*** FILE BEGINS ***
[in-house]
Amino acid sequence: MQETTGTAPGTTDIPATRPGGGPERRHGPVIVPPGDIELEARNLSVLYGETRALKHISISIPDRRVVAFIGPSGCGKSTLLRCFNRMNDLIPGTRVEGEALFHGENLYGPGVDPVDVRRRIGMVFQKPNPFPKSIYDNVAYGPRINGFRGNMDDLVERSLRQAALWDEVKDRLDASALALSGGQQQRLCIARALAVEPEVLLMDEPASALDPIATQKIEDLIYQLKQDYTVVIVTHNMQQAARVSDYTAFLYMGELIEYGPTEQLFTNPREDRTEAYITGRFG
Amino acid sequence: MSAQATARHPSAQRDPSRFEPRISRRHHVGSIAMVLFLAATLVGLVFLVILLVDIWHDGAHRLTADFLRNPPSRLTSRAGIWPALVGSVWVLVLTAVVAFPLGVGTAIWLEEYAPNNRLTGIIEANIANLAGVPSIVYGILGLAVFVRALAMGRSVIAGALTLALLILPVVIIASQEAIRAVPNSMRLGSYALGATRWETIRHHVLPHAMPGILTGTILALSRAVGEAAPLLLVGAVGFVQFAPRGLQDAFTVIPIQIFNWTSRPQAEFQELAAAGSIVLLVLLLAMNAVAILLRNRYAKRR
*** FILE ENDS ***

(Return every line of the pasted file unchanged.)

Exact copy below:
[in-house]
Amino acid sequence: MQETTGTAPGTTDIPATRPGGGPERRHGPVIVPPGDIELEARNLSVLYGETRALKHISISIPDRRVVAFIGPSGCGKSTLLRCFNRMNDLIPGTRVEGEALFHGENLYGPGVDPVDVRRRIGMVFQKPNPFPKSIYDNVAYGPRINGFRGNMDDLVERSLRQAALWDEVKDRLDASALALSGGQQQRLCIARALAVEPEVLLMDEPASALDPIATQKIEDLIYQLKQDYTVVIVTHNMQQAARVSDYTAFLYMGELIEYGPTEQLFTNPREDRTEAYITGRFG
Amino acid sequence: MSAQATARHPSAQRDPSRFEPRISRRHHVGSIAMVLFLAATLVGLVFLVILLVDIWHDGAHRLTADFLRNPPSRLTSRAGIWPALVGSVWVLVLTAVVAFPLGVGTAIWLEEYAPNNRLTGIIEANIANLAGVPSIVYGILGLAVFVRALAMGRSVIAGALTLALLILPVVIIASQEAIRAVPNSMRLGSYALGATRWETIRHHVLPHAMPGILTGTILALSRAVGEAAPLLLVGAVGFVQFAPRGLQDAFTVIPIQIFNWTSRPQAEFQELAAAGSIVLLVLLLAMNAVAILLRNRYAKRR